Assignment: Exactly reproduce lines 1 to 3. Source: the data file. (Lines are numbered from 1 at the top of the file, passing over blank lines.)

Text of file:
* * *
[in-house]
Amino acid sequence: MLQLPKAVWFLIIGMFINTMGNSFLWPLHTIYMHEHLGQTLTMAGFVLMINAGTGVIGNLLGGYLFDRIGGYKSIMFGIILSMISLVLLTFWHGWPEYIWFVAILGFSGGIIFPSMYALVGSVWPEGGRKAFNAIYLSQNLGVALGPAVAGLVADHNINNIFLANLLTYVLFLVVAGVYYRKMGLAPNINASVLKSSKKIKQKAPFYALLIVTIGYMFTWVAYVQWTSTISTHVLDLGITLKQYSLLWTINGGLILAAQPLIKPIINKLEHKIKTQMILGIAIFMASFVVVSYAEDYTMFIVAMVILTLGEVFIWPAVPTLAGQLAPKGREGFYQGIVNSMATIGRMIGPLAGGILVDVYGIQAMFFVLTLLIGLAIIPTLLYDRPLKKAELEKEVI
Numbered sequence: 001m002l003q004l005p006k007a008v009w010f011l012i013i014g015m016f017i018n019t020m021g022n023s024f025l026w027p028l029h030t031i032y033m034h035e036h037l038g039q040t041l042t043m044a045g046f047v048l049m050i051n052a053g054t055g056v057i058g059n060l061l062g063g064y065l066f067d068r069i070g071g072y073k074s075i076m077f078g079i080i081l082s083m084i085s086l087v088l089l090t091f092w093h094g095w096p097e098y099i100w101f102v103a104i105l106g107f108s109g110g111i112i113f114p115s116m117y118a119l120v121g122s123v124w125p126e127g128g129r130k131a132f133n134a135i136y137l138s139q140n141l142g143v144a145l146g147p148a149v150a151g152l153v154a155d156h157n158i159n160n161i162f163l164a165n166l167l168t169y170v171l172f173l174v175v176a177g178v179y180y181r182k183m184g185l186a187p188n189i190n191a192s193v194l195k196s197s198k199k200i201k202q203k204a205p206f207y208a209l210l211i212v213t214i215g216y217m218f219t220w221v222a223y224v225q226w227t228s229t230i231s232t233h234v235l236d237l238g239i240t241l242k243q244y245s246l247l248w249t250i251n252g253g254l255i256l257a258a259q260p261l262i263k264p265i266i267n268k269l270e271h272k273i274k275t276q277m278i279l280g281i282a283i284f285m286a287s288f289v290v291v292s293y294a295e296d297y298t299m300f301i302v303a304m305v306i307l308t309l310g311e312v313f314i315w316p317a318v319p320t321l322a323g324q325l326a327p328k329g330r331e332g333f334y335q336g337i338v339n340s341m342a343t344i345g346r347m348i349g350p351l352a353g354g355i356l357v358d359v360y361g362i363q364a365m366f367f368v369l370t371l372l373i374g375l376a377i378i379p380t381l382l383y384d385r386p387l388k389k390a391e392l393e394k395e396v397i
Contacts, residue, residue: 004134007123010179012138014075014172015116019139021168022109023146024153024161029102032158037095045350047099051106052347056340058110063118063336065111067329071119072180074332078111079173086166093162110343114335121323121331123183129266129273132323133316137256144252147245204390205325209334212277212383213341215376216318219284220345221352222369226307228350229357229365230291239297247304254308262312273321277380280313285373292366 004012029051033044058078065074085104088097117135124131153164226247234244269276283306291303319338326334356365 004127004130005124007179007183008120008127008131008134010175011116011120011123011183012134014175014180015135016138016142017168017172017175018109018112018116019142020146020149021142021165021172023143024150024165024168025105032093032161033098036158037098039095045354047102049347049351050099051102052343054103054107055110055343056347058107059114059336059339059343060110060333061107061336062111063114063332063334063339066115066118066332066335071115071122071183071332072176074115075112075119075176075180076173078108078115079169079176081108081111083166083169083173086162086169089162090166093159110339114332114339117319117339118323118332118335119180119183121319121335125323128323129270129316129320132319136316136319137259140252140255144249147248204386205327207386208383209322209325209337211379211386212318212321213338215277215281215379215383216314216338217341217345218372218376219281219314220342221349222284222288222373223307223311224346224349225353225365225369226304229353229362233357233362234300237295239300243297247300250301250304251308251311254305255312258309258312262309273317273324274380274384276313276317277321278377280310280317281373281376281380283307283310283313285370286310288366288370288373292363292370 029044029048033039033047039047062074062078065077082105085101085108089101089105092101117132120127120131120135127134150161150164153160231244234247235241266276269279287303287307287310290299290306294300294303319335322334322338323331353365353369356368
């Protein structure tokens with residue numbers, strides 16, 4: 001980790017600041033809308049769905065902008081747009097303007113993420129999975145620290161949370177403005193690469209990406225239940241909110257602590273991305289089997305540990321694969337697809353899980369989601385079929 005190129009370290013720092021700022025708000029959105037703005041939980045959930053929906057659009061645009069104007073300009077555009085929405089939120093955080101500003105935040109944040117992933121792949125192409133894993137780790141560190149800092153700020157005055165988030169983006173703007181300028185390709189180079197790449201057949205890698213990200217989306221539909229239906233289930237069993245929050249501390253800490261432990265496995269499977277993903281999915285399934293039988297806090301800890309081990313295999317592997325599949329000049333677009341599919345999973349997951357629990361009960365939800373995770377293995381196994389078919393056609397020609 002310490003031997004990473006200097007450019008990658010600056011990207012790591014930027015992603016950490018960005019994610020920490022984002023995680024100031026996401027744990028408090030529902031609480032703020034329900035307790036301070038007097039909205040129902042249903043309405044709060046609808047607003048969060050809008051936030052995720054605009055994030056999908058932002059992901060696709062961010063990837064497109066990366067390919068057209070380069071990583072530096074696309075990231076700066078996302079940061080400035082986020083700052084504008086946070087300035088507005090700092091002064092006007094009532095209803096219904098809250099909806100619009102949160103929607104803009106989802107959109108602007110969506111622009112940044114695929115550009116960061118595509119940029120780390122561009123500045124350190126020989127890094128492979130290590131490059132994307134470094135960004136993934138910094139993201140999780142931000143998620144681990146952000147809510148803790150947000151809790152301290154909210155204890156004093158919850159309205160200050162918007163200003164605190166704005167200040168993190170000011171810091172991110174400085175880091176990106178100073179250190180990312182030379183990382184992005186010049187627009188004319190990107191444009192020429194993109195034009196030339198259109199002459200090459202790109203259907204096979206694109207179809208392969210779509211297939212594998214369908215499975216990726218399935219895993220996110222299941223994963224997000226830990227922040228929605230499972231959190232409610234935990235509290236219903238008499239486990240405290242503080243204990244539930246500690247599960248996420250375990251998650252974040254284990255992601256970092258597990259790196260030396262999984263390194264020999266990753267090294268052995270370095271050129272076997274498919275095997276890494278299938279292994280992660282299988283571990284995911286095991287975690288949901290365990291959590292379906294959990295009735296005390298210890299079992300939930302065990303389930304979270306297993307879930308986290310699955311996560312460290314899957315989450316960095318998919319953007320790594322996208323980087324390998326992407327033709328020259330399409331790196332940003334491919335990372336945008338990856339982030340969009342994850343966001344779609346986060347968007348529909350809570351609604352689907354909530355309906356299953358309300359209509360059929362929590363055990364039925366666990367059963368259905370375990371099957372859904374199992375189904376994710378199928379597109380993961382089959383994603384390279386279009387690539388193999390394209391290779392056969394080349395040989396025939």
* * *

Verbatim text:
[in-house]
Amino acid sequence: MLQLPKAVWFLIIGMFINTMGNSFLWPLHTIYMHEHLGQTLTMAGFVLMINAGTGVIGNLLGGYLFDRIGGYKSIMFGIILSMISLVLLTFWHGWPEYIWFVAILGFSGGIIFPSMYALVGSVWPEGGRKAFNAIYLSQNLGVALGPAVAGLVADHNINNIFLANLLTYVLFLVVAGVYYRKMGLAPNINASVLKSSKKIKQKAPFYALLIVTIGYMFTWVAYVQWTSTISTHVLDLGITLKQYSLLWTINGGLILAAQPLIKPIINKLEHKIKTQMILGIAIFMASFVVVSYAEDYTMFIVAMVILTLGEVFIWPAVPTLAGQLAPKGREGFYQGIVNSMATIGRMIGPLAGGILVDVYGIQAMFFVLTLLIGLAIIPTLLYDRPLKKAELEKEVI
Numbered sequence: 001m002l003q004l005p006k007a008v009w010f011l012i013i014g015m016f017i018n019t020m021g022n023s024f025l026w027p028l029h030t031i032y033m034h035e036h037l038g039q040t041l042t043m044a045g046f047v048l049m050i051n052a053g054t055g056v057i058g059n060l061l062g063g064y065l066f067d068r069i070g071g072y073k074s075i076m077f078g079i080i081l082s083m084i085s086l087v088l089l090t091f092w093h094g095w096p097e098y099i100w101f102v103a104i105l106g107f108s109g110g111i112i113f114p115s116m117y118a119l120v121g122s123v124w125p126e127g128g129r130k131a132f133n134a135i136y137l138s139q140n141l142g143v144a145l146g147p148a149v150a151g152l153v154a155d156h157n158i159n160n161i162f163l164a165n166l167l168t169y170v171l172f173l174v175v176a177g178v179y180y181r182k183m184g185l186a187p188n189i190n191a192s193v194l195k196s197s198k199k200i201k202q203k204a205p206f207y208a209l210l211i212v213t214i215g216y217m218f219t220w221v222a223y224v225q226w227t228s229t230i231s232t233h234v235l236d237l238g239i240t241l242k243q244y245s246l247l248w249t250i251n252g253g254l255i256l257a258a259q260p261l262i263k264p265i266i267n268k269l270e271h272k273i274k275t276q277m278i279l280g281i282a283i284f285m286a287s288f289v290v291v292s293y294a295e296d297y298t299m300f301i302v303a304m305v306i307l308t309l310g311e312v313f314i315w316p317a318v319p320t321l322a323g324q325l326a327p328k329g330r331e332g333f334y335q336g337i338v339n340s341m342a343t344i345g346r347m348i349g350p351l352a353g354g355i356l357v358d359v360y361g362i363q364a365m366f367f368v369l370t371l372l373i374g375l376a377i378i379p380t381l382l383y384d385r386p387l388k389k390a391e392l393e394k395e396v397i